The event was a great success, and everyone expressed their hopes that it can be repeated in the future at Ferring!

Tags:  2020 

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YWIB-Southern California: Genomes, Germs, and Jewelry – Part 1: DNA on Display!, July 1, 2020

Posted By Kristina M Herbert, Wednesday, July 8, 2020
 Young Women In Bio-Southern California’s (YWIB-Southern California's) first of three virtual experiential summer learning events for middle and high school students, entitled “DNA on Display!”, took place last week on Zoom. The event was designed to encourage young women and girls to pursue STEM (Science, Technology, Engineering, Math) interests and become tomorrow’s leaders that will help to bridge the gender gap and foster diversity in STEM. Over 34 students from more than 20 schools in Southern California and additional locations across the country participated in this event to bring science-themed jewelry to students. Sponsored by and New England Bio Labs, YWIB-Southern California was able to send jewelry and science supplies to registered students so that they would be able to engage in hands-on learning, even in this remote setting. The event featured Julia Picker, Kaitlyn Wang, Lily Pfeizer, April Zou, and Kaley Mafong from Biopolis, a student-run organization at Canyon Crest Academy that engages San Diego youth in exciting experiments in order to ignite an early love of science, as well as Kjerstie Bourne a sale representative at Elim Bio a Contract Research Organization (CRO) that provides a variety of DNA sequencing and purification services.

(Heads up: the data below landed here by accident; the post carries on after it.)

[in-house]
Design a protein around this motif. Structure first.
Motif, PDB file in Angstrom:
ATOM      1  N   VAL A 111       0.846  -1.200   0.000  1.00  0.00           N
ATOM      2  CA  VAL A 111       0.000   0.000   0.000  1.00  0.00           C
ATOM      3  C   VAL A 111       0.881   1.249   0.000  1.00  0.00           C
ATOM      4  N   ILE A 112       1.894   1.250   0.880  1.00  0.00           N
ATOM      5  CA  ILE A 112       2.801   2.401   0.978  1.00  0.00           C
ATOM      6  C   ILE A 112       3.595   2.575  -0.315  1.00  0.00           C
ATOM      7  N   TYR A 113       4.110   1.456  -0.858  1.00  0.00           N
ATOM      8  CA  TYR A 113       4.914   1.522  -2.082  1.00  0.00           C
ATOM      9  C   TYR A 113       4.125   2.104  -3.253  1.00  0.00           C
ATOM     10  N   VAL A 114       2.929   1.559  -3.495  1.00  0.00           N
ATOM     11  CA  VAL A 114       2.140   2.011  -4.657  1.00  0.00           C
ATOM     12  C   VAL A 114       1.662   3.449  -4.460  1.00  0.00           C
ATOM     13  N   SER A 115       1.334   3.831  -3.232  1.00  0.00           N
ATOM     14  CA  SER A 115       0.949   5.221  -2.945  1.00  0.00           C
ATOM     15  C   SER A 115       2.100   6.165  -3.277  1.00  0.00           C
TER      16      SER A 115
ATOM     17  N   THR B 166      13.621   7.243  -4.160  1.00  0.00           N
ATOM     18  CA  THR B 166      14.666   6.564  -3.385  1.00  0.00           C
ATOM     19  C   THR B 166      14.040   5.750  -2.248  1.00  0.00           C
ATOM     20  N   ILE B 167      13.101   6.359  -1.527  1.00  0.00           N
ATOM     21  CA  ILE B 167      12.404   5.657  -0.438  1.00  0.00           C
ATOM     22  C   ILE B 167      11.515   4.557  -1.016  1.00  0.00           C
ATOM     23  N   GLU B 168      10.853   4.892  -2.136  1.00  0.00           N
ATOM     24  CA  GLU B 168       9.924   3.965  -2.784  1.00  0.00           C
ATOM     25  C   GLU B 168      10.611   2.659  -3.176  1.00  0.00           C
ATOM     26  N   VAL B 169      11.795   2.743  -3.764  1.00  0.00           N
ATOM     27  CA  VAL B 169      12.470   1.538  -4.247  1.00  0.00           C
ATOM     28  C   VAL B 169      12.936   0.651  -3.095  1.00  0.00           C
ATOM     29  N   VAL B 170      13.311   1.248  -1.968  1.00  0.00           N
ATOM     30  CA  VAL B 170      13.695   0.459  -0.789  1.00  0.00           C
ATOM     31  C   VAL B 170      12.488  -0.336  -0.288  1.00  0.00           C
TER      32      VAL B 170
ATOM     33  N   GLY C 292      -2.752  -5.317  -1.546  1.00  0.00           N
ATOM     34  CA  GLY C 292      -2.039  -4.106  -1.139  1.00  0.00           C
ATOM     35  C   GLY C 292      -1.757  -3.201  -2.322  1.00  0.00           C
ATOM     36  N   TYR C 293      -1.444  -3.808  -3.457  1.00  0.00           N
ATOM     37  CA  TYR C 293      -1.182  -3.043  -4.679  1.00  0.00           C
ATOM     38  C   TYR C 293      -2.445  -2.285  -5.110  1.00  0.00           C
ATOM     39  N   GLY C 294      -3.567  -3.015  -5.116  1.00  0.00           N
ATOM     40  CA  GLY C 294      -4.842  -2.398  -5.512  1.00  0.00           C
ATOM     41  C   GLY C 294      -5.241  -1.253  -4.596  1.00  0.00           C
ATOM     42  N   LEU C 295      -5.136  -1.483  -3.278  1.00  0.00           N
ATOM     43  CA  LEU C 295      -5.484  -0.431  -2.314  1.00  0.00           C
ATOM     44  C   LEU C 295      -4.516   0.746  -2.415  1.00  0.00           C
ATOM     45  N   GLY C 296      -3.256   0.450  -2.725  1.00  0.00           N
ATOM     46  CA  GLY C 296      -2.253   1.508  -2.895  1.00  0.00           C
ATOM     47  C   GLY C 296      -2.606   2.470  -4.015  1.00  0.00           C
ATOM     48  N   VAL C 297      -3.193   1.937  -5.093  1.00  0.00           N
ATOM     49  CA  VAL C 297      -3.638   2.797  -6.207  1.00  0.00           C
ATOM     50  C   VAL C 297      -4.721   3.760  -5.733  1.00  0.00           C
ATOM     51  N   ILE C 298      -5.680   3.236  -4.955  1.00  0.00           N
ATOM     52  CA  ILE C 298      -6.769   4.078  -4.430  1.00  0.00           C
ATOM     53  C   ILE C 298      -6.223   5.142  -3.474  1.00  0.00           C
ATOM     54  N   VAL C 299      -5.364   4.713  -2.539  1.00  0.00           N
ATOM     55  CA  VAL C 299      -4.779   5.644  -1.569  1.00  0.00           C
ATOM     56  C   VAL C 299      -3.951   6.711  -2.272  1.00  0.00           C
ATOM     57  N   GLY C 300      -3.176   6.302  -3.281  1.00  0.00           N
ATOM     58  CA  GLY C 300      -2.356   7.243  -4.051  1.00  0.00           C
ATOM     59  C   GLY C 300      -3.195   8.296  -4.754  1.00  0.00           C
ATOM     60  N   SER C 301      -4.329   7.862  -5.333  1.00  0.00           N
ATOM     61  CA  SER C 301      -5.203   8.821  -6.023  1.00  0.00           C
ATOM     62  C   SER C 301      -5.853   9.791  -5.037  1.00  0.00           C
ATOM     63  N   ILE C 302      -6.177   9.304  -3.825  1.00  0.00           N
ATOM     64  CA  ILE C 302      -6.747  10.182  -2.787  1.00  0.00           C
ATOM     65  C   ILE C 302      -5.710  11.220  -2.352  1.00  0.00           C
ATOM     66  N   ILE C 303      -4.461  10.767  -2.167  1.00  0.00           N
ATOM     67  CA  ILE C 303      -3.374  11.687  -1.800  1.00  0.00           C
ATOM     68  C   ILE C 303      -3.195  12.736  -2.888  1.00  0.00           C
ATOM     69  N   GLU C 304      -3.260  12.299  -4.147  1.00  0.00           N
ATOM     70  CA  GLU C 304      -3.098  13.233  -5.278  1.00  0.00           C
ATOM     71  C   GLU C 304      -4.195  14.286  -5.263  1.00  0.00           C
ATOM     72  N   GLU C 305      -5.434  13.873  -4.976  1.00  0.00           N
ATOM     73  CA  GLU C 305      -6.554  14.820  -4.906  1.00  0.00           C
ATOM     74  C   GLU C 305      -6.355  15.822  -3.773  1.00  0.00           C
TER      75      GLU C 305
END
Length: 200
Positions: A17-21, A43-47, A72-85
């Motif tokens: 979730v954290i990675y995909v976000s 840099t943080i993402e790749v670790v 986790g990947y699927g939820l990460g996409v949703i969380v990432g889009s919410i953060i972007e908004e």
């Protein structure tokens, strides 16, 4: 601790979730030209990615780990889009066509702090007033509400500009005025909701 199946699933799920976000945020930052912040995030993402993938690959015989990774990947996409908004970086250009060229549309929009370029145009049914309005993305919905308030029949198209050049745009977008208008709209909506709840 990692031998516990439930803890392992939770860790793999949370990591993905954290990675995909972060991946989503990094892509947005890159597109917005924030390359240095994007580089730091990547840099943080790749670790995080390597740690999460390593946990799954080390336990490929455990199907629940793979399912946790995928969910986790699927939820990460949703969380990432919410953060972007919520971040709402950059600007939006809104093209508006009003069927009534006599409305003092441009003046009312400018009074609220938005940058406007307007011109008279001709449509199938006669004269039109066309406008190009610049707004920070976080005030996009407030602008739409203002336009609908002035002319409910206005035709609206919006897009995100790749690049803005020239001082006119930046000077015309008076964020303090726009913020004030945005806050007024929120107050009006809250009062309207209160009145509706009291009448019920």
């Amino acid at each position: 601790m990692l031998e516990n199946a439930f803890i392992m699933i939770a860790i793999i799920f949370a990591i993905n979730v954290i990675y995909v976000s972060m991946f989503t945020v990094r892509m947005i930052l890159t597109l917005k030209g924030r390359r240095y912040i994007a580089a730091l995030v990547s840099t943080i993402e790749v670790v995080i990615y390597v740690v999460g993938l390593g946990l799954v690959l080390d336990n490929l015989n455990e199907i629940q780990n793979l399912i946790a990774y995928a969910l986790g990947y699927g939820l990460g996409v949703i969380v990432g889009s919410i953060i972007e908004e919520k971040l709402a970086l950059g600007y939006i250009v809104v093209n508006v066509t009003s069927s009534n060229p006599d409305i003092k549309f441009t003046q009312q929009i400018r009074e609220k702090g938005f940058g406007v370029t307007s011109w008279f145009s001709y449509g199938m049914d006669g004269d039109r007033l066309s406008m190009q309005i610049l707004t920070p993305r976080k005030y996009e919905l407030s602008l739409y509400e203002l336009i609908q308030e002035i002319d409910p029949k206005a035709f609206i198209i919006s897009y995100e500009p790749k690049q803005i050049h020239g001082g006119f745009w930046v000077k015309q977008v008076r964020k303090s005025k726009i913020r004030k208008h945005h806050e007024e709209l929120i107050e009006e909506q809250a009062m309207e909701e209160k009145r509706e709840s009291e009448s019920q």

Dr. Kristina Herbert – the Chair of YWIB-Southern California initiated the event with a brief introduction to YWIB – telling the audience that “YWIB gives girls today the inspiration and support they need to become tomorrow’s leaders in science, technology, engineering, and math (STEM).” She expressed enthusiasm that the new virtual format for events would allow YWIB to reach even more students in the future, potentially students not located near one of YWIB’s 13 chapters in North America. Dr. Herbert encouraged participants to attend events at any one of these chapters and gave brief introductions to both the National YWIB Ambassador initiative, launched this past Spring, and the YWIB-Southern California Biotech Influencers program, which will start in the Fall.